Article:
Most places have one of those strange but true stories.
For the small town of Erwin, Tennessee, the story is not only strange and true, it’s also tragic: In the early part of the 20th century, residents hanged an elephant.
E.C. Glass Theatre will bring this tragedy to life in its production of the one-act play “Elephant’s Graveyard,” which opens Thursday.
“The show has so much value just because of how unique the story is,” says junior Meredith Landry. “And it’s a powerful story.”
In the fall of 1916, Sparks World Famous Shows, a traveling circus, rolled into Kingsport, Tennessee, a few miles from the Virginia border, with a five-ton elephant named Mary.
Devastation struck during a parade through town when a new and inexperienced trainer allegedly struck Mary on the head with a hook. According to the most common version of the story, Mary pulled the man off her back, threw him into a concession stand and crushed his skull, killing him.
The calls for Mary’s execution began, and the news of a killer elephant spread, both through sensationalist news stories and rumors. Soon, neighboring towns announced they would turn the circus away if it showed up with the elephant.
Fearing a financial loss, the circus’ owner, Charlie Sparks, decided to publicly kill Mary in order to appease the crowds. It just so happened that Erwin, which was a little more than 35 miles south of Kingsport, had a 100-ton crane car that could lift an elephant.
Mary was hanged before a crowd of thousands at a rail yard in Erwin, and the town’s fate was sealed.
When Allison Daugherty, artistic director of Glass Theatre, read of this account in “Elephant’s Graveyard,” she couldn’t imagine her class performing it.
“I was like ‘Oh, it’s just too awful. It’s too upsetting,’” she says.
But the story stuck with her. She kept picking the play back up, again and again. Eventually, she brought it to the students, who say they connected with the play’s themes.
“It shows the threshold that good people have before they’re willing to do something horrible,” says senior Pierson Blount, who plays one of the circus performers.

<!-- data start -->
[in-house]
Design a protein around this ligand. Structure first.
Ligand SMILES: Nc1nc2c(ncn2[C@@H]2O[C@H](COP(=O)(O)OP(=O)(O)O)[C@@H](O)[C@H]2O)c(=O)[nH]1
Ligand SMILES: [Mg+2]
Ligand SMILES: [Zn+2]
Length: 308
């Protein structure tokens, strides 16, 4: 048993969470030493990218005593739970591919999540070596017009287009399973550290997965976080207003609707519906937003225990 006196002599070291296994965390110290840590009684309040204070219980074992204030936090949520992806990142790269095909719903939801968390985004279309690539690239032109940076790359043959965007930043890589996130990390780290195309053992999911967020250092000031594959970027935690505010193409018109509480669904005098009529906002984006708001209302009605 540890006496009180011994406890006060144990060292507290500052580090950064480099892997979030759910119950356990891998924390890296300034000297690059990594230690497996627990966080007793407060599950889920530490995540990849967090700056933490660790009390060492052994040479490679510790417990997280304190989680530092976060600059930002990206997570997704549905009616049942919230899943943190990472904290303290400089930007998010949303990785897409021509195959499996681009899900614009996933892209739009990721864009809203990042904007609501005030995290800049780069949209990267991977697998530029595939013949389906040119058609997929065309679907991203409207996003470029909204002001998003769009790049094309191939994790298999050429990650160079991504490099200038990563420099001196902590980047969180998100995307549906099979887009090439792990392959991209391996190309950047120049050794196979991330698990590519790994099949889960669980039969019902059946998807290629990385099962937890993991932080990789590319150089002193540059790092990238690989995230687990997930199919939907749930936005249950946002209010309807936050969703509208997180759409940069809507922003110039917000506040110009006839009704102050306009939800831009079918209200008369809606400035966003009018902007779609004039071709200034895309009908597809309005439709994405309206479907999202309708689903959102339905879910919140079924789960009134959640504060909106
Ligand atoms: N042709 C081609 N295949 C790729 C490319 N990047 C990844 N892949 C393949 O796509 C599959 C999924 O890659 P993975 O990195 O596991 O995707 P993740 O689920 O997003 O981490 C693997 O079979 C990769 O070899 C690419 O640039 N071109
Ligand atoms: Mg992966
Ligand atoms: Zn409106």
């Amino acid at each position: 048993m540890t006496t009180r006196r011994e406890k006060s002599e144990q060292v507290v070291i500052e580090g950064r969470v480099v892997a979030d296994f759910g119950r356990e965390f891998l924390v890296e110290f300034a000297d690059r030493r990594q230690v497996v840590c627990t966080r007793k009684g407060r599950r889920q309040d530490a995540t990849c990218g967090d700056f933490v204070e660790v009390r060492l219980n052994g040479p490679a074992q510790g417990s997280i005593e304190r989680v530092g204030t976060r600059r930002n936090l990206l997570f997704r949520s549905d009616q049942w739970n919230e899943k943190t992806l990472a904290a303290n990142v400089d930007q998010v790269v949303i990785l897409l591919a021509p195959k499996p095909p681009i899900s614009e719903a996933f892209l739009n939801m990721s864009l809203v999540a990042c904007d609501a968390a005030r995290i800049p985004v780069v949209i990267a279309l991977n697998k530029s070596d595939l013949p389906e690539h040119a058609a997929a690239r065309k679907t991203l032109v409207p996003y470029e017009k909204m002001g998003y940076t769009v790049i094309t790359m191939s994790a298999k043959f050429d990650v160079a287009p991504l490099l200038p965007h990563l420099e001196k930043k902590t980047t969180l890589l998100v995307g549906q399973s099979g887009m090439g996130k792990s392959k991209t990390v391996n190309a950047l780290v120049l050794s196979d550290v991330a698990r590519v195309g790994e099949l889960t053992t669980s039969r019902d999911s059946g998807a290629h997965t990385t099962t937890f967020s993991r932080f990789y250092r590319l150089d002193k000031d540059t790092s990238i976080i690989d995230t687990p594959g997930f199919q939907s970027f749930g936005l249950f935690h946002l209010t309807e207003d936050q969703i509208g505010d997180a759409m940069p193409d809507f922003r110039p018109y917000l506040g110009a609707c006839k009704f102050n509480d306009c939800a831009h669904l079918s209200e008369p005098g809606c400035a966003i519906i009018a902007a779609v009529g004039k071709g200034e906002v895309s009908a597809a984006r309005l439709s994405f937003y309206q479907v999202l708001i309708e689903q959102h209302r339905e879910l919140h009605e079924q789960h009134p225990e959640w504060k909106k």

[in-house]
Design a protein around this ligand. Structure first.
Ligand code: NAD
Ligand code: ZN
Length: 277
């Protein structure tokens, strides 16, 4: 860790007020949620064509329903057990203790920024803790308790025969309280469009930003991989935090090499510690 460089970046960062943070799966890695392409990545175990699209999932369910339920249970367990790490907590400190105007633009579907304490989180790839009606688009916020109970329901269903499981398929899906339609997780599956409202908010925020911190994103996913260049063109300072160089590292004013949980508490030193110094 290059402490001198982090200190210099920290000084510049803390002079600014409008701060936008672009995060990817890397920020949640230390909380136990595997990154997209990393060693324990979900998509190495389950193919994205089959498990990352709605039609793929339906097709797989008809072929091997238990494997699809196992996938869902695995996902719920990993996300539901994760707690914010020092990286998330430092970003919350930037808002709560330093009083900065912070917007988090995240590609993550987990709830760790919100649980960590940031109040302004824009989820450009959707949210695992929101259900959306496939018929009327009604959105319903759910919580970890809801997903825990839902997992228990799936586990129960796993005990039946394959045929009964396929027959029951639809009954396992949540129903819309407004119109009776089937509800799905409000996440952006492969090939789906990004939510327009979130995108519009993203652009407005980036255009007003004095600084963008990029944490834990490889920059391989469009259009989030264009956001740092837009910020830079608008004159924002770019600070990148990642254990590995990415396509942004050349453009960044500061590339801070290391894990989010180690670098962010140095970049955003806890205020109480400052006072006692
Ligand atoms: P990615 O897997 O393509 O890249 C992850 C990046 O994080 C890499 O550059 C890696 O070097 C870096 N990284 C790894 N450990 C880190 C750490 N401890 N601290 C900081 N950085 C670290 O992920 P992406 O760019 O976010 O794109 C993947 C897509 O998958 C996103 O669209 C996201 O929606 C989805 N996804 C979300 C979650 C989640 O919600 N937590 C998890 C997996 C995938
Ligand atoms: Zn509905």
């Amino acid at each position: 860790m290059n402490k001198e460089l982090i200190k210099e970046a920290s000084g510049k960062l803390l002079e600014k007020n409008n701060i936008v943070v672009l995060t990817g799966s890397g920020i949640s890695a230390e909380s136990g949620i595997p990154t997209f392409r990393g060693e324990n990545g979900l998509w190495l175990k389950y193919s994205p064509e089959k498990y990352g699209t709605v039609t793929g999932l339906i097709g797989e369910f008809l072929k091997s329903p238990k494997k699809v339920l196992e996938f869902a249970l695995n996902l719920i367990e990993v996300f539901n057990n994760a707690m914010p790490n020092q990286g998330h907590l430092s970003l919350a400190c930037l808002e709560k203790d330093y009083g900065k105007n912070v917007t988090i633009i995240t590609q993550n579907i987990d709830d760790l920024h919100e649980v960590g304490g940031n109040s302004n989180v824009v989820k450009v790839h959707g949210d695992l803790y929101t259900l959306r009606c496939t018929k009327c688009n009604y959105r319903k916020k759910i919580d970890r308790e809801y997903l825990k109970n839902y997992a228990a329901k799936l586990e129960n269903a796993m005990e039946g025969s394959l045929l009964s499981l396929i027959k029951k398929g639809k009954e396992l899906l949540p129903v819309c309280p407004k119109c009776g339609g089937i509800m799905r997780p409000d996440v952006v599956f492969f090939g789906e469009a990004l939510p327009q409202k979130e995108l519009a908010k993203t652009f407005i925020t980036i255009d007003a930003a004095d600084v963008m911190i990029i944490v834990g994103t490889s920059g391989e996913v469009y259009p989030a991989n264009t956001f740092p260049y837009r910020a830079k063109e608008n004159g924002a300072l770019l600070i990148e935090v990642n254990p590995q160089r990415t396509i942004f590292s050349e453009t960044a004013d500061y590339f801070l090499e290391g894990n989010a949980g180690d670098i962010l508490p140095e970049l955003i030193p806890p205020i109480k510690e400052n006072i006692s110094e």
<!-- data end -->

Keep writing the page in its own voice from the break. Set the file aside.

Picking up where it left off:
In many ways, the haunting story of blame and revenge reflects society as it still exists today, Landry adds.
People have grown used to violence, especially when it’s connected to spectacle, Blount says, referencing the vast amount of YouTube videos that feature people getting hurt.
“We react more when we see the suffering of an animal than we do the suffering of a human,” he says. “ ... We’ve just become desensitized to actual people getting hurt, but not animals.”
The story wasn’t the only thing that made “Elephant’s Graveyard” challenging.
In keeping with the oral tradition that has kept this tragedy alive in the lexicon of American history, Brant’s play is told through monologues.
Each of the characters, who are referred to by their jobs or roles in the community, take turns narrating the story.
“Usually we have dialogue between two characters to be able to show emotion,” says junior Ian Price, who plays the town’s preacher. “But we can only show things like facial [expressions] and how we stand, just changing stances whenever something happens.”
Working, in some ways, like a soloist meant the students had to approach their character development in a different way.
“We spent a lot of time on character, and who your character is and what is your character thinking right now,” Daugherty says.
Glass’ production is being staged alongside “So We Dance,” an original choreography showcase that chronicles the women’s movement through the decades. Before that, the school performed the play at the Virginia Theatre Association Conference’s one-act competition last month.
In the playbill at the conference, Daugherty made note of a new development in the story of Erwin, which is still known as the the town that killed an elephant.
In 2016 — the 100th anniversary of Mary’s death — town officials in Erwin paid artists to paint several elephant statues the city then auctioned off. The proceeds were donated to an elephant sanctuary.
The new, happy ending to Mary’s tale in no way lessens what we can learn from “Elephant’s Graveyard,” Landry says.
It asks the question “how do we own our history,” Daugherty says, “and keep moving forward?”